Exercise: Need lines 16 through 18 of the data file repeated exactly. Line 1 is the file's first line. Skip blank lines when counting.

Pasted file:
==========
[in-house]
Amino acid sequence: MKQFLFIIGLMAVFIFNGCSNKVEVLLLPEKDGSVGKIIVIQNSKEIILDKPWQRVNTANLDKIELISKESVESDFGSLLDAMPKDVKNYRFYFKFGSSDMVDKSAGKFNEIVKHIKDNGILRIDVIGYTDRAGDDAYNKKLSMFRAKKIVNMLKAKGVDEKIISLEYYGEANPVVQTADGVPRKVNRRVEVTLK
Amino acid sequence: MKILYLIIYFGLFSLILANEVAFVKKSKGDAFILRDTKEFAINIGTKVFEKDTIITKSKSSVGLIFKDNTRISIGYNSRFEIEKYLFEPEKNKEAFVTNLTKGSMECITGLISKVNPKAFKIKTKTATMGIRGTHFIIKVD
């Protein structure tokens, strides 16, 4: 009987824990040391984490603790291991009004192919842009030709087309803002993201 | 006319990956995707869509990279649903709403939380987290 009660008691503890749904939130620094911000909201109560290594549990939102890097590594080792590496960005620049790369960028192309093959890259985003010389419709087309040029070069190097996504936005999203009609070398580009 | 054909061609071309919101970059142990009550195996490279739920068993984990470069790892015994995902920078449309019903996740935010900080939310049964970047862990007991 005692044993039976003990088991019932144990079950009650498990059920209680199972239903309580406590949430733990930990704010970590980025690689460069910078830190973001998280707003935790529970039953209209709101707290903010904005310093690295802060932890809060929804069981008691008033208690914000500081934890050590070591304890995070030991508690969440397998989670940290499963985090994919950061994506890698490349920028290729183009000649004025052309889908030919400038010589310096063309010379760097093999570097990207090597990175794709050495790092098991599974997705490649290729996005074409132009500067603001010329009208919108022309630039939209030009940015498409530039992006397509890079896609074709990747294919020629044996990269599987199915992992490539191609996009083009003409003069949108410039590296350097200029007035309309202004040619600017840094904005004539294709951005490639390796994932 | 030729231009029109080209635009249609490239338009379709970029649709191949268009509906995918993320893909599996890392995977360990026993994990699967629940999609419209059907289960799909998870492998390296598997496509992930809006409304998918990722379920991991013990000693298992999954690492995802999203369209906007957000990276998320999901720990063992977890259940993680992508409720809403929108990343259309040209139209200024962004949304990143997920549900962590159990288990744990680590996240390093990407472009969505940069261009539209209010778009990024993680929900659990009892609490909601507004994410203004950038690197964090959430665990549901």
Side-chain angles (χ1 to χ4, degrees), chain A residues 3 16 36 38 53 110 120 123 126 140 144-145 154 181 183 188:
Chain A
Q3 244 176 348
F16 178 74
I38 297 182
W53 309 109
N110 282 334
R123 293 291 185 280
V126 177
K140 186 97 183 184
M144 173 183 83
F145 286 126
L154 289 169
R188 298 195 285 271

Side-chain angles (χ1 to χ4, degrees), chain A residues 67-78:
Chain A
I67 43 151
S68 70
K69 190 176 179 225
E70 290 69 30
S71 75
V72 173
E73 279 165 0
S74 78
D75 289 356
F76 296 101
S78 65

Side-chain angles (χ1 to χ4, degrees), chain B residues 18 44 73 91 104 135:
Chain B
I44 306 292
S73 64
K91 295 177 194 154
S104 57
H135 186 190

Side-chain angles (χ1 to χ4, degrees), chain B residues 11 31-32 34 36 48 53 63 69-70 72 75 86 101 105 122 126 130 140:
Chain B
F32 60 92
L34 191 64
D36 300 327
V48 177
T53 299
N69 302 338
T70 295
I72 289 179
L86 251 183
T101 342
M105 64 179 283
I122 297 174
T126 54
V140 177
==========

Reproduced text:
F145 286 126
L154 289 169
R188 298 195 285 271